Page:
UFC Sydney: winners and losers
As the UFC packs up and leaves town, Australian fight fans are left dealing with the fight night hangover.
Constant replays of the action that took place in the Allphones Arena try to make sense of what was experienced, another quality card with some great finishes and consistently incredible fights.
It certainly lived up to expectations as the 200th UFC event.
While the flyweights debuted under controversial circumstances, and the Aussies ensured that they were defending their own house; it’s time for this week’s winners and losers for UFC Sydney: Kampmann versus Alves.
Back on the winning streak, Martin Kampmann (19-5) recognised that he needed to pull something out of his hat and when the opportunity presented itself and voila! He grabbed that neck and didn’t let go of the guillotine choke until Thiago Alves (19-9) tapped.
After this fight Kampmann acknowledged the urgency saying “I knew I had to finish the fight in the third to win the fight. I saw the opportunity for the submission and took it, squeezing as hard as I could knowing it was my only way of winning.”
This is a huge mental win for Kampmann, as he has been on the bad end of a couple of decisions, mainly a split decision loss with Jake Shields that saw the ex-Strikeforce fighter progress to a title bout with welterweight division champion Georges St. Pierre (22-2).
Kampmann should progress closer to the title shot, whether it’s with interim champion Carlos Condit (28-5) or injured champ St. Pierre. However perhaps a fight with Jake Ellenberger (27-5) or even a rematch with Jake Shields (27-6-1), who is coming off a win over Yoshihiro Akiyama (13-5 (1 NC)), could be in the works, dependent on the welterweight schedule.
Fighting for the fourth time in two years with a hometown advantage, Perosh (13-6) welcomed UFC debutante Nick Penner (11-2) into the promotion with a first round TKO right on the bell (4:59).
Perosh certainly looked in his best form, taking control of the octagon. He ended up positioning on top of the Canadian, throwing punches until the referee ended the fight.
After the fight Perosh said “I felt great today, it all went to plan. I’m so happy to win in my hometown again and make it three in a row. The crowd gave me that extra buzz to get in there and get the job done.”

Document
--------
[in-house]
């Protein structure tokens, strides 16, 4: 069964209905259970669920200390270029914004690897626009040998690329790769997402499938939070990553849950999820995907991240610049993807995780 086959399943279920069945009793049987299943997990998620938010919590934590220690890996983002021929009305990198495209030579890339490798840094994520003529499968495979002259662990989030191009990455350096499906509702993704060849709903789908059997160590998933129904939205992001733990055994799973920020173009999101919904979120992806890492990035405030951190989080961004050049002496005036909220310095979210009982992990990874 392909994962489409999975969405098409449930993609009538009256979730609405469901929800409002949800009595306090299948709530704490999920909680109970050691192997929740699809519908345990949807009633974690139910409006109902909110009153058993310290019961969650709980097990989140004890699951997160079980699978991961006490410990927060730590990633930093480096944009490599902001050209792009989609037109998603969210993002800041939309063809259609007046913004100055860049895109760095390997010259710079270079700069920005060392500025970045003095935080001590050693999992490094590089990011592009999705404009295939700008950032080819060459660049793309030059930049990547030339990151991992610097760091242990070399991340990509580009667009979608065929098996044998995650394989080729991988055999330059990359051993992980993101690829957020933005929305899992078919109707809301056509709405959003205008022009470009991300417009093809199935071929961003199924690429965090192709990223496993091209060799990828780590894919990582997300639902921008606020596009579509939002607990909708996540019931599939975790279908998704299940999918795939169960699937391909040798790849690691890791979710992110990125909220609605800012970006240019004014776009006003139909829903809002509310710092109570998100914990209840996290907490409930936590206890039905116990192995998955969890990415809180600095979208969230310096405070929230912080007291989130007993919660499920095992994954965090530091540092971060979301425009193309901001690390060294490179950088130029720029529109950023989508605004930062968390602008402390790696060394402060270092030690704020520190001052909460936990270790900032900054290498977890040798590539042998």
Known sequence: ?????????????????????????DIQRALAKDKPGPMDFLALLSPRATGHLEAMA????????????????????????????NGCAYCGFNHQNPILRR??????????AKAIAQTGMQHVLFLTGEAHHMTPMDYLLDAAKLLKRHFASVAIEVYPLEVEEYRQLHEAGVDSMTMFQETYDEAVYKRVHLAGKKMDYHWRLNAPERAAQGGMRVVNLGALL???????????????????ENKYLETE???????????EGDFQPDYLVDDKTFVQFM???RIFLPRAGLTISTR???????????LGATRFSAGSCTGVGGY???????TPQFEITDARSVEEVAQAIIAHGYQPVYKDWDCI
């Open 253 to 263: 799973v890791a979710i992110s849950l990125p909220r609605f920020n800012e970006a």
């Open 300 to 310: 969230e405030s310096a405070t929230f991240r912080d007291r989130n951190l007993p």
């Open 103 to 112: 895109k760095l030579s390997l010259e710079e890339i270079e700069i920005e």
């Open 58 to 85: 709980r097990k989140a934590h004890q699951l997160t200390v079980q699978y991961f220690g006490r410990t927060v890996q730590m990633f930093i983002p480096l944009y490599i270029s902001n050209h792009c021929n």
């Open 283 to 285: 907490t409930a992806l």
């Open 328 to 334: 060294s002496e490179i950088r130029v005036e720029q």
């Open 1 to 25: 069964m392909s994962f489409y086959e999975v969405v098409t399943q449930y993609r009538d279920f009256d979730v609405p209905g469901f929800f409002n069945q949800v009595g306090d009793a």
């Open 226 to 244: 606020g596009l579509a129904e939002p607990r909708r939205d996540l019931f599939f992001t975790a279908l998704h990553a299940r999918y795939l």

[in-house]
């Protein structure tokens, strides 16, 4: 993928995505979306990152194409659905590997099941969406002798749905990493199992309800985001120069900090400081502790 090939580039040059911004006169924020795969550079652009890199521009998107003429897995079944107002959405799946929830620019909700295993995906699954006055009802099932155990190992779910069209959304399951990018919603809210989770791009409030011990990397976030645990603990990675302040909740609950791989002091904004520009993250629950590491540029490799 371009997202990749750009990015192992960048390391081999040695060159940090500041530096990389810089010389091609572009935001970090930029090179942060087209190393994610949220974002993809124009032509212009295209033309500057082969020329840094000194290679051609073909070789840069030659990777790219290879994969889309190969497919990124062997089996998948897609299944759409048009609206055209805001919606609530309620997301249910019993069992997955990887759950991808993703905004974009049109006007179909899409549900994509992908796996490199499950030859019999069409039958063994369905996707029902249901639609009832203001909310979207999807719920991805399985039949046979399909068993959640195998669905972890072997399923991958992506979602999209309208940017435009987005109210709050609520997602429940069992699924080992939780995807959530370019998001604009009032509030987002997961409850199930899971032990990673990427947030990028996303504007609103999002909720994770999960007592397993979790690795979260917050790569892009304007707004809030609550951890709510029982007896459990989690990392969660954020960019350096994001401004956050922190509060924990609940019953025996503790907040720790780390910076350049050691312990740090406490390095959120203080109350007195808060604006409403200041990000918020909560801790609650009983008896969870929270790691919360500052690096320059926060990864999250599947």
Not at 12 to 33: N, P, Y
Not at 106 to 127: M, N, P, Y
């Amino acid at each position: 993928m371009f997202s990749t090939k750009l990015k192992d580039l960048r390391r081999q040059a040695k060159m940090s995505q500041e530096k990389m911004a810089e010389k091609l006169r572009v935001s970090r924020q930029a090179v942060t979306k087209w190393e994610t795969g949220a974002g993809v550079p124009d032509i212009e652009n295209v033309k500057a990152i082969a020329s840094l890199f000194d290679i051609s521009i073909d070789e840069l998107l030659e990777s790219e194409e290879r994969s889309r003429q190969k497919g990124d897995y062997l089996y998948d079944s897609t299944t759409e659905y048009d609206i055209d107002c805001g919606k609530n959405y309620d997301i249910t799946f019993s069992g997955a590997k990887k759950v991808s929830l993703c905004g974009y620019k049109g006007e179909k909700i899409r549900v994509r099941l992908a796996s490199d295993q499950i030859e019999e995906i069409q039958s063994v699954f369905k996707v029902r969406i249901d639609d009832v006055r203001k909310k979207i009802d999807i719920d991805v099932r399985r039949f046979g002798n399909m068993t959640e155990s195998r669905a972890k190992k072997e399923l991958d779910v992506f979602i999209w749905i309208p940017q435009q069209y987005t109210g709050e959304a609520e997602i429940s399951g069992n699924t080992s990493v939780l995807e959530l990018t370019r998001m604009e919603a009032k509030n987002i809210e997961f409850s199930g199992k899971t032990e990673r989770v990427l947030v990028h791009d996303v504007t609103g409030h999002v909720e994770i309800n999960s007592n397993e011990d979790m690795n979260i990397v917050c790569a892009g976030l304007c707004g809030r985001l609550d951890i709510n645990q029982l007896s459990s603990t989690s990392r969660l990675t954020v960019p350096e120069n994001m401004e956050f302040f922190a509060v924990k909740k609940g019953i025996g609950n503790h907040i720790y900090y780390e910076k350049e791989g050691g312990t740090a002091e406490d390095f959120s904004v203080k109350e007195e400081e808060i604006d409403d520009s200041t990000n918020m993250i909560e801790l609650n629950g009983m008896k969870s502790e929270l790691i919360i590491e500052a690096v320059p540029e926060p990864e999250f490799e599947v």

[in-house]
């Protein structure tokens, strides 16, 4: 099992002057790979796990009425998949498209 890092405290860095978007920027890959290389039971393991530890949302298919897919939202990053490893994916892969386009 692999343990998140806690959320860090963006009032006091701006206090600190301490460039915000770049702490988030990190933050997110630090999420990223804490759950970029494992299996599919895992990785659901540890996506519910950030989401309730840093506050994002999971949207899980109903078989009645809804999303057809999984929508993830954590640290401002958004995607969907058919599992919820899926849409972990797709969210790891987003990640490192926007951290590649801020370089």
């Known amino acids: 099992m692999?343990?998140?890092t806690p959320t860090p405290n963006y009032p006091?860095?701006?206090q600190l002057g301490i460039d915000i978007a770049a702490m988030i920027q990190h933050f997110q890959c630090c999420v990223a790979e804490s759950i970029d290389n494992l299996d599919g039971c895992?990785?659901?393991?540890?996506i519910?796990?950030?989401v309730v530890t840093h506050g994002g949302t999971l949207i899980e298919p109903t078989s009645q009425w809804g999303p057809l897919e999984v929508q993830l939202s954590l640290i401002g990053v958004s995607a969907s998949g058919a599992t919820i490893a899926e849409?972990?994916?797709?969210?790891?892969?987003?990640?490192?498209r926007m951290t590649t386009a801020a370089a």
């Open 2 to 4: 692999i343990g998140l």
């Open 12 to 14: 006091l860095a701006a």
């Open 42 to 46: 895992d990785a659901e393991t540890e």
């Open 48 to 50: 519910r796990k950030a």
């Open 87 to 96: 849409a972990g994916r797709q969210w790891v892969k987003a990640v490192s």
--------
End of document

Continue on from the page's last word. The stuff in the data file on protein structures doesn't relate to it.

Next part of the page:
So what’s next for Perosh? He himself says “It’s taken me 10 years to get to the top of my game, but I’m here and I’m ready for my next challenge. The light heavyweight division is stacked, but I feel I’m climbing up that ladder.”
For Perosh to remain climbing up the food chain, he could perhaps face the likes of Brandon Vera (12-5 (1NC)) or Vladimir Matyushenko (26-6) in the future. If he can stand, trade and win against these tested UFC veterans, then Perosh will prove he is dangerous in the light-heavyweight division.
Philippou (10-2 (1 NC)) continued his winning streak, overcoming The Ultimate Fighter (TUF) 11 winner Court McGee (13-2) in a three round battle. He won via unanimous decision and thus McGee received his first UFC loss.
Explaining his win, Philippou mentioned that “He tried to match my boxing, but (I) realised after the first round that I had the superior striking, so was happy to keep the fight standing until the end of the fight.”
For Philippou, the win against a familiar name raises his profile within the deep middleweight division. He may have to wait until the next couple of months to find out his next competitor due to the schedule, however could be looking at another match-up with Brazilian fighter Rafael Natal (14-3-1).
Combat Sports Authority of New South Wales
In what seemed like a foolproof system to get a result in the flyweight semifinals, with the creation of a “sudden death” round, the Combat Sports Authority of New South Wales managed to still get it wrong. The move resulted in uncertainty in the newly created division, which will remain until fighters Ian McCall and Demetrious Johnson meet again in a proposed April rematch.
Unfortunately there have been recurring issues in regards to judging around the world, this time a miscalculation of a judges card in Sydney during the crucial flyweight bout.
UFC president Dana White was completely unimpressed, ensuring the authority was on hand to apologise and take complete responsibility for the mistake at the post-fight press conference.
So what does that mean for the flyweights? Fortunately, there is a rematch between McCall and Johnson, which will be another great fight.
Unfortunately, it means that fellow flyweight semi-final winner Joseph Benavidez will have to sit out and weight for the title bout for a longer period than expected.